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Making Sense of Your Credit Score

January 12, 2018

You may be aware of your credit score, but do you know what it represents and what it really means for your finances — and how it can impact your life? Your credit score can affect your ability to purchase a home, rent an apartment, obtain a new credit card and more. Learn what your credit score means and how you can improve it.

What your credit score means

Your credit score determines your ability to qualify for loans, such as a mortgage, and to get better interest rates when borrowing. That’s because your credit score represents credit risk, or how likely you are to pay your debts on time. All of the major consumer credit scoring agencies use a credit score scale of 300 to 850. The higher your score, the less of a risk you are to lenders and the more likely you are to qualify for a lower interest rate. So, if you’re in the market for a new home or want to refinance your current home mortgage, there’s good reason to raise your credit score as much as possible. While there are no hard-set rules for what makes a “good” or “bad” score, in general, a score of 670–739 is considered good; a score of 740–799 is very good and a score of more than 799 is excellent.

Request a credit report

You can request a free credit report by visiting Your credit report will contain information on your credit accounts, including the date you opened the accounts, the account balances, your credit limit or loan amount and your payment history.

By law, you’re entitled to one free copy of your credit report once a year. Your credit score is based on this information so be sure to check it for errors. Inform your creditor of any inaccuracies in writing. If the creditor agrees with your findings, they must report and correct the error with the credit bureau.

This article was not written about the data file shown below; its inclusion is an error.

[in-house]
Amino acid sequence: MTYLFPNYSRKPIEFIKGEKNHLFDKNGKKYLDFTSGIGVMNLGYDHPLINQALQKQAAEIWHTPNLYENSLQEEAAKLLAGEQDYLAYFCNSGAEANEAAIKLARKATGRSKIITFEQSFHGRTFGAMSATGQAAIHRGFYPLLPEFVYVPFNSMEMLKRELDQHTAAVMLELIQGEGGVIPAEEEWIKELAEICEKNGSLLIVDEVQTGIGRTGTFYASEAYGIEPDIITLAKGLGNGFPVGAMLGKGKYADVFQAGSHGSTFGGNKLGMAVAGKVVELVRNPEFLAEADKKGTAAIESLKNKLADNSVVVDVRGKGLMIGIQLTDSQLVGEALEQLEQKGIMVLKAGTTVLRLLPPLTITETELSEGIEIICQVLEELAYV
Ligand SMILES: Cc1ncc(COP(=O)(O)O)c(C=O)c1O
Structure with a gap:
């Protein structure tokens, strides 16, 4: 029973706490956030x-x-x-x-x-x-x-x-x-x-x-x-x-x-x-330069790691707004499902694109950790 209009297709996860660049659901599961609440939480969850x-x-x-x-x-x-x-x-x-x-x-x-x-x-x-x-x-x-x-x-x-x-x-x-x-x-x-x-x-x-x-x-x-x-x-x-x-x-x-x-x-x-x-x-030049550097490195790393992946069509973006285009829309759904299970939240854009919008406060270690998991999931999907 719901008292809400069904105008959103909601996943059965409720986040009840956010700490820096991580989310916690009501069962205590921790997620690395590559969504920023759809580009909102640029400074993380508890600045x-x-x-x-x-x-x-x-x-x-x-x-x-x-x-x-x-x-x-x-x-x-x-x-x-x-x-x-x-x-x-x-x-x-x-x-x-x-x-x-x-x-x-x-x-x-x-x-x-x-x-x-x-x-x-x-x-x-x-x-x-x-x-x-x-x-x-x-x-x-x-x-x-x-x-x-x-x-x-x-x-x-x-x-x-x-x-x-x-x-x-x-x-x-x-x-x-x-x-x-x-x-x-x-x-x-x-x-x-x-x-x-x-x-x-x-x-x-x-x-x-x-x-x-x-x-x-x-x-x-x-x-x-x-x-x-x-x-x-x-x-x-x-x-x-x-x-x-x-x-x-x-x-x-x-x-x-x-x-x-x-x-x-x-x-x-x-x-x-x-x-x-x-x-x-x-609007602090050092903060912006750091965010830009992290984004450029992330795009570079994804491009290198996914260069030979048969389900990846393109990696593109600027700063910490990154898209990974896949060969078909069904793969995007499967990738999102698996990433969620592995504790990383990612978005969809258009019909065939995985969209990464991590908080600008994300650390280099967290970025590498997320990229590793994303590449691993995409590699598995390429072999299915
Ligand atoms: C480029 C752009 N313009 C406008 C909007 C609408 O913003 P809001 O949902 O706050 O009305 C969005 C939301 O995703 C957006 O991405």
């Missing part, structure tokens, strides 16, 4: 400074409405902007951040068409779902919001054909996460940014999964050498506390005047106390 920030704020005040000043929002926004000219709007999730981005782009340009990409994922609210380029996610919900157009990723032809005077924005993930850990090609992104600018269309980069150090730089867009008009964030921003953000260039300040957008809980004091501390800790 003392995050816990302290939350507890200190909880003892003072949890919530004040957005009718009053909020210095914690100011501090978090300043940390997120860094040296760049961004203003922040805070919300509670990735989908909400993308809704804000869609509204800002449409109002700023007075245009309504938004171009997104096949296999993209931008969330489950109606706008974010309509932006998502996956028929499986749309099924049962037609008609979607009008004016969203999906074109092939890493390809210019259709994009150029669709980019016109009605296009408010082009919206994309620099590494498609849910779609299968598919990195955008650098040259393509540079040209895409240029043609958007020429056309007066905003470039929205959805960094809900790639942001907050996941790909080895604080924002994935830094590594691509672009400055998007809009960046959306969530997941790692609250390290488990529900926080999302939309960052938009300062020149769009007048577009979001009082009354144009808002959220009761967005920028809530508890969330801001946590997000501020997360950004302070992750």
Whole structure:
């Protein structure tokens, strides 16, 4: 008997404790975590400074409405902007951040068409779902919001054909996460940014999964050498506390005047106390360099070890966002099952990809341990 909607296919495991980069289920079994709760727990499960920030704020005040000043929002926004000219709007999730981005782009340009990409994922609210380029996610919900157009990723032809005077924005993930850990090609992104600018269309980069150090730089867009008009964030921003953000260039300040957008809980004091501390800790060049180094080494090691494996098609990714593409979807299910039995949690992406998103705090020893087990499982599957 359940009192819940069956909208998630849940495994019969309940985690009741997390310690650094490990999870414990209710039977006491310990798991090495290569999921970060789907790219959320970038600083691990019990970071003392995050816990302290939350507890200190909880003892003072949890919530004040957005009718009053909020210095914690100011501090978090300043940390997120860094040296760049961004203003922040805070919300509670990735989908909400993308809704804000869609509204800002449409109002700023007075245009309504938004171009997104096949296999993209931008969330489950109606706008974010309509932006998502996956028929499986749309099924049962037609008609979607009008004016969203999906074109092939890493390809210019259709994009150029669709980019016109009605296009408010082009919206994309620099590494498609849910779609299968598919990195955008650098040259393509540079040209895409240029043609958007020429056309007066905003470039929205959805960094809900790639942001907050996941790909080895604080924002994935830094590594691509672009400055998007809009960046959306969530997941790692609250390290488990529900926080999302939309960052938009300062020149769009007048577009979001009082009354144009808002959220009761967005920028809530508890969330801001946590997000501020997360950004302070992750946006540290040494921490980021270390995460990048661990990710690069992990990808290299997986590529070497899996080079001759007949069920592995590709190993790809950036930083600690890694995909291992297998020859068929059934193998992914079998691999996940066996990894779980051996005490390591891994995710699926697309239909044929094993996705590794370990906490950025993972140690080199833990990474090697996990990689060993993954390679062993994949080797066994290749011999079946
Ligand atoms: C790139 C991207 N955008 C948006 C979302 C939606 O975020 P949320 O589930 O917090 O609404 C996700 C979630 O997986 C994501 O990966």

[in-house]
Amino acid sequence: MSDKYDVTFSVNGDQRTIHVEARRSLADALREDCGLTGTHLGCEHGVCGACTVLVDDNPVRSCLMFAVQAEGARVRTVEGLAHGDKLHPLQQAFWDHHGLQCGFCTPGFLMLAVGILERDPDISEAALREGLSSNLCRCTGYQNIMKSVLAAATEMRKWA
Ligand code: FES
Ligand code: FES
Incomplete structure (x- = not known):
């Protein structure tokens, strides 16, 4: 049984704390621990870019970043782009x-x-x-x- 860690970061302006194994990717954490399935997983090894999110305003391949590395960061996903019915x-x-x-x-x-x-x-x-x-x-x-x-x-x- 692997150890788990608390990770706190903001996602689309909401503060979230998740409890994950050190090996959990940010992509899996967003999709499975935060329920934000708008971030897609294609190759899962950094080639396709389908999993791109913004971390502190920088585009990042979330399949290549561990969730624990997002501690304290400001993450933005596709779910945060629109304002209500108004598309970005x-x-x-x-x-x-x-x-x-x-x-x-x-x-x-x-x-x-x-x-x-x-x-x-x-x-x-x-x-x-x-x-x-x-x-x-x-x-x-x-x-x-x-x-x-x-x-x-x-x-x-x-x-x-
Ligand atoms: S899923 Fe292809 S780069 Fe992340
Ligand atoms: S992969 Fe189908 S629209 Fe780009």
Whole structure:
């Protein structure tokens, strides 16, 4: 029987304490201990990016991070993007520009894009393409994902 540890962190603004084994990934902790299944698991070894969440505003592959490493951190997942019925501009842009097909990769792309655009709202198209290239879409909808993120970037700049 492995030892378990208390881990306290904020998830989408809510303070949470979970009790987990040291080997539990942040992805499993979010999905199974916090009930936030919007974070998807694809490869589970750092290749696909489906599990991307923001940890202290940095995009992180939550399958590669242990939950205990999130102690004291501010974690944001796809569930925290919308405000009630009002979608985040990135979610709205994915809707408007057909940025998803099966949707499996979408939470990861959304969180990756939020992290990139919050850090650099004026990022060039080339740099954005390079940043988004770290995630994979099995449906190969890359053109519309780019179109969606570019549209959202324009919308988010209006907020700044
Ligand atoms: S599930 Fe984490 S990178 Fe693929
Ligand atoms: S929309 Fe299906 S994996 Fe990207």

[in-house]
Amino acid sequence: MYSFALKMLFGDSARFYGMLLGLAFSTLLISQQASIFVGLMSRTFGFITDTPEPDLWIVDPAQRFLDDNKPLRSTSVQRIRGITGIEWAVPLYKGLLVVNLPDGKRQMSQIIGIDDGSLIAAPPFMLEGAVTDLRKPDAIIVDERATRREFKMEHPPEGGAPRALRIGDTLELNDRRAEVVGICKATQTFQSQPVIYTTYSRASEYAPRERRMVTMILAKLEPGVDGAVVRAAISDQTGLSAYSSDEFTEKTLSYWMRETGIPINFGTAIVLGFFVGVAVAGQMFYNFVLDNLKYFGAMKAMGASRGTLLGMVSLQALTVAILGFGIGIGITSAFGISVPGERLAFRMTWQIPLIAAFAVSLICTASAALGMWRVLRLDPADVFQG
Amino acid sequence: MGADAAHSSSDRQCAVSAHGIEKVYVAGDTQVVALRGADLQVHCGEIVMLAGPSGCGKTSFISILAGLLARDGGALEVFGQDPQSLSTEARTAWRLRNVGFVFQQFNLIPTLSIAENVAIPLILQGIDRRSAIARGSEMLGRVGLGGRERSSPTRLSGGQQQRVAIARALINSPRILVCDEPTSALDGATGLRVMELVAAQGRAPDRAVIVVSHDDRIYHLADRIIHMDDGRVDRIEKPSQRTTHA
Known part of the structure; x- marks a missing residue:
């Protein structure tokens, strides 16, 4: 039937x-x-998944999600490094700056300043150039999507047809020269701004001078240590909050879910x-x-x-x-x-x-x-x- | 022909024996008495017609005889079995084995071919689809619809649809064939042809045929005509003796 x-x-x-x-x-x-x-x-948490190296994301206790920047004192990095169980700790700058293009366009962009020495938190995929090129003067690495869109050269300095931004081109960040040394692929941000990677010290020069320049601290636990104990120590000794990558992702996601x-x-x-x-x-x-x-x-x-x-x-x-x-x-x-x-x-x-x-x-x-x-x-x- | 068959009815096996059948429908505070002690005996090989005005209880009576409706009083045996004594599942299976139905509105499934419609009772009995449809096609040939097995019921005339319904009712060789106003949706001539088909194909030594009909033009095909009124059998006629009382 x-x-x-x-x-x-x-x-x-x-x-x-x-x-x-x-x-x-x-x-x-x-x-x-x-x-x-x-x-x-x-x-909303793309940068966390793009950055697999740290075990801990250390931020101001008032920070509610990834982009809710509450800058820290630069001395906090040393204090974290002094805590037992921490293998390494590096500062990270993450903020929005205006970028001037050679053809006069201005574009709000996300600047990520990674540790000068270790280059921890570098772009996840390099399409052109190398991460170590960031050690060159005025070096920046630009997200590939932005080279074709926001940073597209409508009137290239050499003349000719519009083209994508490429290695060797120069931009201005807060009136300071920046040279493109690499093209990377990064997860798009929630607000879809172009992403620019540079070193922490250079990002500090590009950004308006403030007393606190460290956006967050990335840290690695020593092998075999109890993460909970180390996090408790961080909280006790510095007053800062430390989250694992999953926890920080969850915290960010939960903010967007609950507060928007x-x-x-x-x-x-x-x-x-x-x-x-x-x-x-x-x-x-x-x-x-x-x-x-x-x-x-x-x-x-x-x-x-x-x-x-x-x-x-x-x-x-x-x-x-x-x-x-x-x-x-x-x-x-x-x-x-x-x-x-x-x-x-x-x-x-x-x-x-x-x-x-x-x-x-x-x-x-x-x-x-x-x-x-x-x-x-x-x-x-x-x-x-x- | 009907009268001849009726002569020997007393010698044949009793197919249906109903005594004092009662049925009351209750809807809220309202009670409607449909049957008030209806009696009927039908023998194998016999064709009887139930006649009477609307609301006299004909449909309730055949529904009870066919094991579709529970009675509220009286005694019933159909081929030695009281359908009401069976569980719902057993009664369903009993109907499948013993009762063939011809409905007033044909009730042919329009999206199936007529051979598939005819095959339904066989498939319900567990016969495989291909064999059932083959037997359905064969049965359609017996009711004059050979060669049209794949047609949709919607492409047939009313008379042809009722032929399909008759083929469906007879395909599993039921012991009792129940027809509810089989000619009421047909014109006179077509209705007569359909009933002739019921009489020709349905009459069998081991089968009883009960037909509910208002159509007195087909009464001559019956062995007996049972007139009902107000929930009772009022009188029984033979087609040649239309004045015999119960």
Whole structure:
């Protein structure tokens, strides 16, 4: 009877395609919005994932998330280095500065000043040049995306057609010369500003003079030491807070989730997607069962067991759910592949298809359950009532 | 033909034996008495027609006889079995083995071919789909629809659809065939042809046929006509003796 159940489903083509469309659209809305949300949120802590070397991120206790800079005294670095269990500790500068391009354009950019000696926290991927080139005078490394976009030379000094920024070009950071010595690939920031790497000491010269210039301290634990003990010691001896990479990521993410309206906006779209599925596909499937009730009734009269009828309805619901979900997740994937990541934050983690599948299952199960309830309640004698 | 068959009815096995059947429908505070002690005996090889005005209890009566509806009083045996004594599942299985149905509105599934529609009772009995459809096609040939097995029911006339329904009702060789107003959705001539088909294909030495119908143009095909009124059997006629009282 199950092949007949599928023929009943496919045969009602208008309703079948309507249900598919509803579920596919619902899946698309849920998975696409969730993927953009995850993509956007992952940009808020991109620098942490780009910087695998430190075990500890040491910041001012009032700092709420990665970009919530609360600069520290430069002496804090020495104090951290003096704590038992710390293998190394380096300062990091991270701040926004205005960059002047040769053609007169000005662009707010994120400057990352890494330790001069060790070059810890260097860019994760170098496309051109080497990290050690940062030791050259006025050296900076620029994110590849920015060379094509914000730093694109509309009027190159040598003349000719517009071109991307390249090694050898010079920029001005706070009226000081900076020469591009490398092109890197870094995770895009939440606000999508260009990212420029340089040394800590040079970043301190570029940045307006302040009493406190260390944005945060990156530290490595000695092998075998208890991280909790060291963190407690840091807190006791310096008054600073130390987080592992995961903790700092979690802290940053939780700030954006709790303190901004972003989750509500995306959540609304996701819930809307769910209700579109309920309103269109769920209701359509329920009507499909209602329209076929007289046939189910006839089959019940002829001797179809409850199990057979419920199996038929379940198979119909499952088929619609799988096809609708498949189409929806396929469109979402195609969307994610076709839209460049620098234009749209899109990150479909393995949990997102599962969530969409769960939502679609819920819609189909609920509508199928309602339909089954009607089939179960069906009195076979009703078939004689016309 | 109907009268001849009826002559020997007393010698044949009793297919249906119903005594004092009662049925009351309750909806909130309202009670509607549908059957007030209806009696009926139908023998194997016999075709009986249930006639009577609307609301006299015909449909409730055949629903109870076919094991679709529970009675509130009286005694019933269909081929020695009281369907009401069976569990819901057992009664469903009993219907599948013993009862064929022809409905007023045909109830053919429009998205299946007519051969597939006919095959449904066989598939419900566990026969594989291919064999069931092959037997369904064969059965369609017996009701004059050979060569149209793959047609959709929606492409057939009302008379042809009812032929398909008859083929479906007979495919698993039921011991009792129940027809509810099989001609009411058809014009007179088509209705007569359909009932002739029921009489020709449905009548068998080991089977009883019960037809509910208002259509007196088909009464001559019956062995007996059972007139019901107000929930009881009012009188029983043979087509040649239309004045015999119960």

How to improve your credit score

In order to improve your credit score, you should first understand how it’s calculated. Your credit score is derived from looking at five factors: your payment history, the amounts you owe, the length of your credit history, your mix of credit in use and the number of new accounts you’ve opened. Here’s how you can improve your score:

  • Pay your bills on time. Consistently making timely payments can help improve your score over time.
  • Only apply for new credit when you need it. Unless you have no credit history at all, be careful about opening new accounts.
  • Avoid closing old accounts. It diminishes your total credit available, raises your credit utilization ratio and shortens your credit history.
  • Settle all fines and tickets. An outstanding library fine or parking ticket can reduce your score if a collection agency gets involved.

Learn about your mortgage options

Not sure if your credit score qualifies you for a mortgage? PeoplesBank can help with a wide array of mortgage options that make it easy to build or purchase a new home or refinance your existing home mortgage. The experienced loan officers at PeoplesBank can help you learn more about the loan process – contact them today!

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